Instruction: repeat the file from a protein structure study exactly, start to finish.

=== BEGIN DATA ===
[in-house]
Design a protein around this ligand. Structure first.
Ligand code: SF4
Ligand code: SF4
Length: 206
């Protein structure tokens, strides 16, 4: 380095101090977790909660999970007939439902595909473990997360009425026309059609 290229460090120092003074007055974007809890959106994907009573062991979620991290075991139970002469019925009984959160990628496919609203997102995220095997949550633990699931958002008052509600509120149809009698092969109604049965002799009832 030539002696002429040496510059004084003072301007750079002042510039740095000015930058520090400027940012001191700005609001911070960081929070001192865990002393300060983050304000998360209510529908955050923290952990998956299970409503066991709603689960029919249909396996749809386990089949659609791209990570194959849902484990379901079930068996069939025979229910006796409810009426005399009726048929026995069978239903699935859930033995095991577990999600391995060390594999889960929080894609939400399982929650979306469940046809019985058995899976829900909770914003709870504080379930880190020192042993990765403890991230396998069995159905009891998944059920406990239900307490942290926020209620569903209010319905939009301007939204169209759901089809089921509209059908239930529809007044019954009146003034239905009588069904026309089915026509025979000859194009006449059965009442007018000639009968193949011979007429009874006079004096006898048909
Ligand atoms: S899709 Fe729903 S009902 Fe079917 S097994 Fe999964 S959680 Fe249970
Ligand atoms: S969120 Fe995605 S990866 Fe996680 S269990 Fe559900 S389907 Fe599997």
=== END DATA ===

[in-house]
Design a protein around this ligand. Structure first.
Ligand code: SF4
Ligand code: SF4
Length: 206
């Protein structure tokens, strides 16, 4: 380095101090977790909660999970007939439902595909473990997360009425026309059609 290229460090120092003074007055974007809890959106994907009573062991979620991290075991139970002469019925009984959160990628496919609203997102995220095997949550633990699931958002008052509600509120149809009698092969109604049965002799009832 030539002696002429040496510059004084003072301007750079002042510039740095000015930058520090400027940012001191700005609001911070960081929070001192865990002393300060983050304000998360209510529908955050923290952990998956299970409503066991709603689960029919249909396996749809386990089949659609791209990570194959849902484990379901079930068996069939025979229910006796409810009426005399009726048929026995069978239903699935859930033995095991577990999600391995060390594999889960929080894609939400399982929650979306469940046809019985058995899976829900909770914003709870504080379930880190020192042993990765403890991230396998069995159905009891998944059920406990239900307490942290926020209620569903209010319905939009301007939204169209759901089809089921509209059908239930529809007044019954009146003034239905009588069904026309089915026509025979000859194009006449059965009442007018000639009968193949011979007429009874006079004096006898048909
Ligand atoms: S899709 Fe729903 S009902 Fe079917 S097994 Fe999964 S959680 Fe249970
Ligand atoms: S969120 Fe995605 S990866 Fe996680 S269990 Fe559900 S389907 Fe599997």